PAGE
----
On February 18, 2014, the Securities and Exchange Commission (SEC) granted a request filed by for-profit prison company GEO Group to exclude a shareholder resolution that sought to reduce the high cost of phone calls made by prisoners at GEO-operated facilities. Ten days later, the SEC granted a request by Corrections Corporation of America (CCA) to exclude a similar shareholder resolution.
The resolutions, filed by Alex Friedmann, managing editor of PLN and associate director of the Human Rights Defense Center (HRDC), would have required the companies to forgo “commission” kickbacks from prison phone service providers. [See: PLN, Jan. 2014, p.44]. Such kickbacks are typically based on a percentage of revenue generated from inmate telephone services (ITS) – revenue that is mostly paid by prisoners’ families.
Specifically, the shareholder resolutions stated that GEO and CCA “shall not accept ITS commissions” at their facilities and that when the companies contract with prison phone service providers they “shall give the greatest consideration to the overall lowest ITS phone charges among the factors [they consider] when evaluating and entering into ITS contracts.” CCA and GEO both filed no-action requests with the SEC seeking to exclude the resolutions from their proxy materials.
According to its SEC filings, the GEO Group received $608,108 in prison phone kickbacks in 2012. The shareholder resolution submitted to CCA noted that one of the company’s jails, the Silverdale Detention Facility in Chattanooga, Tennessee, received a commission of 48% of prison phone revenue and that a 15-minute call from that facility cost as much as $9.75.
On February 11, 2014, a Federal Communications Commission (FCC) order went into effect that caps the cost of long-distance prison phone calls nationwide at $.25 per minute for collect calls and $.21 per minute for debit and prepaid calls. The order does not apply to intrastate (in-state) prison phone rates, however, which remain high at many correctional facilities. [See: PLN, Feb. 2014, p.10; Dec. 2013, p.1].
Research has consistently found that prisoners who maintain close connections with their families while incarcerated have better post-release outcomes and lower recidivism rates. As stated by FCC Commissioner Mignon Clyburn: “Studies have shown that having meaningful contact beyond prison walls can make a real difference in maintaining community ties, promoting rehabilitation, and reducing recidivism. Making these calls more affordable can facilitate all of these objectives and more.” [See: PLN, April 2014, p.24].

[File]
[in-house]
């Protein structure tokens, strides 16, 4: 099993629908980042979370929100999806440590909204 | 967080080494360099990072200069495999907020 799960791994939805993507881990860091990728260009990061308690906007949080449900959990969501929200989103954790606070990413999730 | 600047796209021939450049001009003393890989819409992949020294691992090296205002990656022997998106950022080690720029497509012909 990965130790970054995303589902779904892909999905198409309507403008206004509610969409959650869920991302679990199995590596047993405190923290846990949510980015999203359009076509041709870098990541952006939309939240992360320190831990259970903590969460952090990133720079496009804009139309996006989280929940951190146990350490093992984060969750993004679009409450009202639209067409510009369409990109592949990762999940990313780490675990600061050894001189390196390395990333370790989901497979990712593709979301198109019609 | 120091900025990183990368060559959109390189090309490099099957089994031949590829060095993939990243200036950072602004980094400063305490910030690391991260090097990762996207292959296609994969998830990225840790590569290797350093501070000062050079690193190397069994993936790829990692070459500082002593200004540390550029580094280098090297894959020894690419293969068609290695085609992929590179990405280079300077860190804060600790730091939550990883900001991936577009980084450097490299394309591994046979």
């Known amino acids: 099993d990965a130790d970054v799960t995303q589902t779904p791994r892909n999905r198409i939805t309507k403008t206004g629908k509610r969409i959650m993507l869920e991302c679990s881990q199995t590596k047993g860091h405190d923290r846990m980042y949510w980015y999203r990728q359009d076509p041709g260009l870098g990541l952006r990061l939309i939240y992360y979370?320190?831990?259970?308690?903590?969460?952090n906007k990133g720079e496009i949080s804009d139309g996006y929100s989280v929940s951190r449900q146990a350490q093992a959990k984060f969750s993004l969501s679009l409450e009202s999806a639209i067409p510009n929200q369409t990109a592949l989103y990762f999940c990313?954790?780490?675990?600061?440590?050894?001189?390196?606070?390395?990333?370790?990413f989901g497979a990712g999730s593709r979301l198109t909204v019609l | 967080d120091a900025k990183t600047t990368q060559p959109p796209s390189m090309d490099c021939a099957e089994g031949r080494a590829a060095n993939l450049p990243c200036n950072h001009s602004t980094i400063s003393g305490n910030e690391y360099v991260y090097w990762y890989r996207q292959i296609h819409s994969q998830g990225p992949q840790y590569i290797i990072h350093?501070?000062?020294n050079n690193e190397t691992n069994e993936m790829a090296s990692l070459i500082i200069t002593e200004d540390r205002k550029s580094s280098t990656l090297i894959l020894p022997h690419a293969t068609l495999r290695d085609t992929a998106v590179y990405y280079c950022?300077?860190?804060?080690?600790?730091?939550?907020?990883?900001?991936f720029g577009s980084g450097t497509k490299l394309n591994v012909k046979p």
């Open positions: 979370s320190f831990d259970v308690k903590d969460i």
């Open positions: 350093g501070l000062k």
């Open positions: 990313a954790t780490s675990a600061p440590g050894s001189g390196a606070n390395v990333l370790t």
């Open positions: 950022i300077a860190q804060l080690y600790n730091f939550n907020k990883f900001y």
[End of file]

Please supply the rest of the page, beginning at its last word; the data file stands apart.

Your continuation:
GEO Group objected to the shareholder resolution by arguing that Friedmann had a “personal grievance” or would personally benefit from reducing prison phone rates at the company’s facilities; that the resolution did not address an issue significantly related to the company’s business; that it lacked the power or authority to implement the resolution; that the proposal concerned GEO’s ordinary business operations; and that the resolution constituted “multiple proposals.”
“GEO Group basically threw the kitchen sink at the resolution seeking to exclude it, and was ultimately successful,” said Friedmann. “This is what happens when essential public safety and criminal justice services, such as operating prisons, are contracted out to a private corporation without a conscience that is only interested in making money.”
He added, “Make no mistake, when GEO claims it is interested in rehabilitating offenders, as it does on its website, it is merely providing lip-service. GEO Group had an opportunity to make a real difference in terms of increasing the ability of prisoners to stay in touch with their families, which would benefit our communities through lower recidivism rates and thus less crime and victimization. Instead, the company protected its profits from prison phone kickbacks.”
Similarly, with respect to CCA, Friedmann said: “The company claims that it’s interested in rehabilitating offenders, but when faced with a resolution that would have reduced phone rates at its for-profit facilities, thereby having a rehabilitative effect on prisoners and resulting in less recidivism, CCA decided its profits from prison phone kickbacks were more important. This demonstrates that despite its corporate PR rhetoric, CCA cares little about rehabilitation or public safety.”
Friedmann was ably represented before the SEC by attorneys Jeffrey Lowenthal and Jon Burke with the New York-based law firm of Stroock, Stroock & Lavan.
Source: HRDC press releases (March 3, 2014, and Feb. 19, 2014)
(Reprinted with Permission from Prison Legal News)